UF/IFAS to provide educational support for timber producers recovering from Hurricane Michael
When Hurricane Michael swept through the Florida Panhandle in 2018, the category 5 storm left in its wake years’ worth of losses to one of the area’s largest industries, timber. Per estimates from the Florida Forest Service, a division of the state Department of Agriculture and Consumer Services (FDACS), 550 million trees were damaged or destroyed, worth approximately $1.29 billion.
UF/IFAS is supporting these producers in their recovery through a series of webinars on relevant topics to the reforestation process. Hosted by the UF/IFAS Florida Land Steward program, an Extension service of the UF/IFAS School of Forest Resources and Conservation (SFRC), the first event is scheduled for Sept. 10 at 1 p.m. CDT and will detail a just-announced block grant funded by the U.S. Department of Agriculture (USDA).
Last November, FDACS announced that a $380 million block grant from the USDA would soon be made available to benefit the state’s timber producers related to damage incurred in Hurricane Michael. It is part of a larger federal disaster relief package approved last year to aid in recovery efforts in Florida, Georgia, Alabama and North Carolina.
An Aug. 21 press release from the Florida Division of Emergency Management, the administrator of the program, unveiled more details about the block grant requirements and application process. Per the release, producers eligible for the block grant must be the owner of record or the lessee with rights to the timber crop at the time of application of a minimum of 10 contiguous acres of nonindustrial private forest land located in one of the following Florida counties: Bay, Calhoun, Franklin, Gadsden, Gulf, Hamilton, Holmes, Jackson, Jefferson, Leon, Liberty, Madison, Okaloosa, Suwannee, Taylor, Wakulla, Walton and Washington. Registration is open through Nov. 20.
The schedule for the UF/IFAS webinar series can be found on the newly improved UF/IFAS Florida Land Steward program website, programs.ifas.ufl.edu/florida-land-steward, and participants must register in advance to receive the Zoom meeting information. The series will be recorded and remain accessible on the website following each live event.
“A lot of the topics covered will be good information for landowners moving forward, even if they haven’t been impacted by a hurricane,” said Chris Demers, UF/IFAS Extension Florida Land Steward program manager.
Planned webinar topics include:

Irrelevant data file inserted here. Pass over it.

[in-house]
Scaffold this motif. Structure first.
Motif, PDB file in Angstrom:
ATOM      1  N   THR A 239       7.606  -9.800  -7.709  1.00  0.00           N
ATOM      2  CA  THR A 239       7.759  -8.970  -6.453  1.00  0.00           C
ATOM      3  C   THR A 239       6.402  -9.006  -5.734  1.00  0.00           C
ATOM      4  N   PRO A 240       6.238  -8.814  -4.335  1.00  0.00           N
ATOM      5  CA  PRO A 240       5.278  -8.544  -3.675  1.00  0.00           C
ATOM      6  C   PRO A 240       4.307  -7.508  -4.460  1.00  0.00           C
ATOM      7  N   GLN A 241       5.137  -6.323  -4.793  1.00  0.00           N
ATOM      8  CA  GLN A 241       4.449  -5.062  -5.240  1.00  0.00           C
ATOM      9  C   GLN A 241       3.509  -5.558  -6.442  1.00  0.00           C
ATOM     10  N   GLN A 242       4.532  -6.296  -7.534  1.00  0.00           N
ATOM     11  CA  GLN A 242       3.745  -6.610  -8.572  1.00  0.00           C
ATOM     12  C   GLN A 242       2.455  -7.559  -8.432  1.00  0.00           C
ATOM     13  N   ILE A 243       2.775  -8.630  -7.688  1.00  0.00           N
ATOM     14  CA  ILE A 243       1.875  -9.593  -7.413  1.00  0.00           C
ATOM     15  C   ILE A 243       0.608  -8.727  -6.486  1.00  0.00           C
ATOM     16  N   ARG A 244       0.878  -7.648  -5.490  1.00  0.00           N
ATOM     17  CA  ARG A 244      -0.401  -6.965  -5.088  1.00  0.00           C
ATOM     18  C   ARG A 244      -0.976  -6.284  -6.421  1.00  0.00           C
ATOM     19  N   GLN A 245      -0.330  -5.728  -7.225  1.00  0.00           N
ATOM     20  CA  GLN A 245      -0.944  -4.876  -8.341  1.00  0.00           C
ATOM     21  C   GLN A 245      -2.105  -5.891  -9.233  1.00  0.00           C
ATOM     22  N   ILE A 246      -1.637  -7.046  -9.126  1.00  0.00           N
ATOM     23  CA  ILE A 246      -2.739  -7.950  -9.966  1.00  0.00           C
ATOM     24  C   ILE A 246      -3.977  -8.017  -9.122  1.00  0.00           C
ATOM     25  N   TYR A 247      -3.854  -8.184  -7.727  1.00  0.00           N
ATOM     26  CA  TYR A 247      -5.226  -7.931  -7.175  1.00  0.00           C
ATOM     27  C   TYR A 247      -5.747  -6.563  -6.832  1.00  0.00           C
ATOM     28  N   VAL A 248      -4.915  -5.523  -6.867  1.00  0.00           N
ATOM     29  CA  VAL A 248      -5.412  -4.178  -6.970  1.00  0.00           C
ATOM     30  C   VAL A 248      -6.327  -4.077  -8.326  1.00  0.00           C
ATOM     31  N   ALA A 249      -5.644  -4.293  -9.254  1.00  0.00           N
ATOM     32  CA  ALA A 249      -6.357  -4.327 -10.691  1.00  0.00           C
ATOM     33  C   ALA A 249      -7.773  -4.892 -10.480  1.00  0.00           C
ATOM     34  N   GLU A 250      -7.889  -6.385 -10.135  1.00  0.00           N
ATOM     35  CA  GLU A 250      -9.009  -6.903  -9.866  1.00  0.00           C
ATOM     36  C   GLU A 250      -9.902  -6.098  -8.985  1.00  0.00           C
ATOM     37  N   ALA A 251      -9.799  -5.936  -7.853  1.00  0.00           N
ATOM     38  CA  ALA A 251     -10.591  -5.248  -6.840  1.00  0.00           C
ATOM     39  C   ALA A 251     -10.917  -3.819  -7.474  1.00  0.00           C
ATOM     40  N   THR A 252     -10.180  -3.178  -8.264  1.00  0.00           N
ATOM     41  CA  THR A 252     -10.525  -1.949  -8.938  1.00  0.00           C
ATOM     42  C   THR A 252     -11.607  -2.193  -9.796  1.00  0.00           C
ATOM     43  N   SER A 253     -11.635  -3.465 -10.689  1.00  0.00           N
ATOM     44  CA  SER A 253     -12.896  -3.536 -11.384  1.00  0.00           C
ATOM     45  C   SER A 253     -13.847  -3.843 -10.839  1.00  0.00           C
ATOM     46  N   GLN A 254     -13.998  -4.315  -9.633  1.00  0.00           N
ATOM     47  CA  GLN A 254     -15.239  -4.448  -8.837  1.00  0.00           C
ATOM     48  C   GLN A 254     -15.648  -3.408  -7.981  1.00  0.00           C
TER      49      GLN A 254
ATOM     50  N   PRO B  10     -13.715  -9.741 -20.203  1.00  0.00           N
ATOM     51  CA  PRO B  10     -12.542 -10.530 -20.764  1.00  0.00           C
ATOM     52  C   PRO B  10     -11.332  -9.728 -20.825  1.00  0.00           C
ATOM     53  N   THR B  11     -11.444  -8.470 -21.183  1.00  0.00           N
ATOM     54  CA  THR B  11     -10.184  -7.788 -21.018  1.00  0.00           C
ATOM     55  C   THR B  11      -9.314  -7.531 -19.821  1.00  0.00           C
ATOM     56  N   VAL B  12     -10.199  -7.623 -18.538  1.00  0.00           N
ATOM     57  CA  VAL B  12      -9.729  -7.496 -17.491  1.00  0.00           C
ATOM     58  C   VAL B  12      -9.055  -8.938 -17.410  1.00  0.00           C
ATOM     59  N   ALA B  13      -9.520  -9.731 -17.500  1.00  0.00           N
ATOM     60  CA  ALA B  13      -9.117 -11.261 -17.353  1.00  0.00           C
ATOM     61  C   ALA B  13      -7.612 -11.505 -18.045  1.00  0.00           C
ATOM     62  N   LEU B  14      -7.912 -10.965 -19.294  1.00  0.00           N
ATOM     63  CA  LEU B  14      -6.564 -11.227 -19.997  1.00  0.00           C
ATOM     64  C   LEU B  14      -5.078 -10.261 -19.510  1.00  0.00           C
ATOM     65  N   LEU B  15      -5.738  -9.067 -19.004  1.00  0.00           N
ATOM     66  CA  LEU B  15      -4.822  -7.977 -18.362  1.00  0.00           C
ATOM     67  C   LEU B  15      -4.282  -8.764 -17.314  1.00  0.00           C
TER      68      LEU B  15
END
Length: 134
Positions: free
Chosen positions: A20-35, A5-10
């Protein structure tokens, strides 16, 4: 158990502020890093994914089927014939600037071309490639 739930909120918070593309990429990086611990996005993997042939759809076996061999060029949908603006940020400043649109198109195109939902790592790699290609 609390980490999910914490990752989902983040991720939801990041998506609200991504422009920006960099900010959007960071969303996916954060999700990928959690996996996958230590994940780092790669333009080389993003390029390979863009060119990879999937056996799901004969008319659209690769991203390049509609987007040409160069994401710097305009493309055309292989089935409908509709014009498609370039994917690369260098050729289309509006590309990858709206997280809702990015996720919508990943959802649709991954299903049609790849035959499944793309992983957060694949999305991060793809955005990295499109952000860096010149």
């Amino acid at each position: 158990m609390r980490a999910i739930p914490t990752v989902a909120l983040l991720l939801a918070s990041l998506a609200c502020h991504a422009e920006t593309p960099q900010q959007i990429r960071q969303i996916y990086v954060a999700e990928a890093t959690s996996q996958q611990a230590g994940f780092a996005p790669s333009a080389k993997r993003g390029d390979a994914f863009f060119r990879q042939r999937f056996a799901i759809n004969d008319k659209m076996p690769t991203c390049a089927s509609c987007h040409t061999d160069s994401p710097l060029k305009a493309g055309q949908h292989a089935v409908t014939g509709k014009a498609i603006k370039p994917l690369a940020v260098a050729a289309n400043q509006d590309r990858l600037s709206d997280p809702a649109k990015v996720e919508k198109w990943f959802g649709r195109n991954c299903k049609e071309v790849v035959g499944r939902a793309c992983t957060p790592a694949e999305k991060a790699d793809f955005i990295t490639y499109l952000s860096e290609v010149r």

- Hurricane Recovery Assistance Update and Timber Market Update (scheduled for Sept. 10 at 1 p.m. CDT / 2 p.m. EDT): Information about the block grant program with Daniel Stevens, cooperative forestry assistance supervisor at the Florida Forest Service; plus, a brief market update from Laura Bosworth, director of forestry and regulatory affairs at the Florida Forestry Association.
- Which Pine is Right for My Property? (scheduled for Sept. 17 at 1 p.m. CDT / 2 p.m. EDT) led by Stan Rosenthal, UF/IFAS Extension forestry agent emeritus and forest advocate, also affiliated with the Florida Wildlife Federation and Natural Resource Planning Services
- Keys to Success with Longleaf Pine and Enviva Biomass Partnership (scheduled for Sept. 24 at 1 p.m. CDT / 2 p.m. EDT), featuring Ad Platt, vice president for operations at The Longleaf Alliance; Ben Larson, director of sustainability at Enviva; Shawn Cook, sustainability forester at Enviva; and Billy Clark, commodity manager at Enviva.
- Invasive Species Identification and Control (scheduled for Oct. 1 at 1 p.m. CDT / 2 p.m. EDT), led by Brian Pelc, restoration project manager at The Nature Conservancy.
Demers shares more information about the block grant program at blogs.ifas.ufl.edu/sfrc/2020/08/26/registration-now-open-for-hurricane-michael-timber-recovery-block-grant-program.
The mission of the University of Florida Institute of Food and Agricultural Sciences (UF/IFAS) is to develop knowledge relevant to agricultural, human and natural resources and to make that knowledge available to sustain and enhance the quality of human life. With more than a dozen research facilities, 67 county Extension offices, and award-winning students and faculty in the UF College of Agricultural and Life Sciences, UF/IFAS brings science-based solutions to the state’s agricultural and natural resources industries, and all Florida residents.
(featured image of Hurricane Michael damage is courtesy of Ann Blount, UF/IFAS)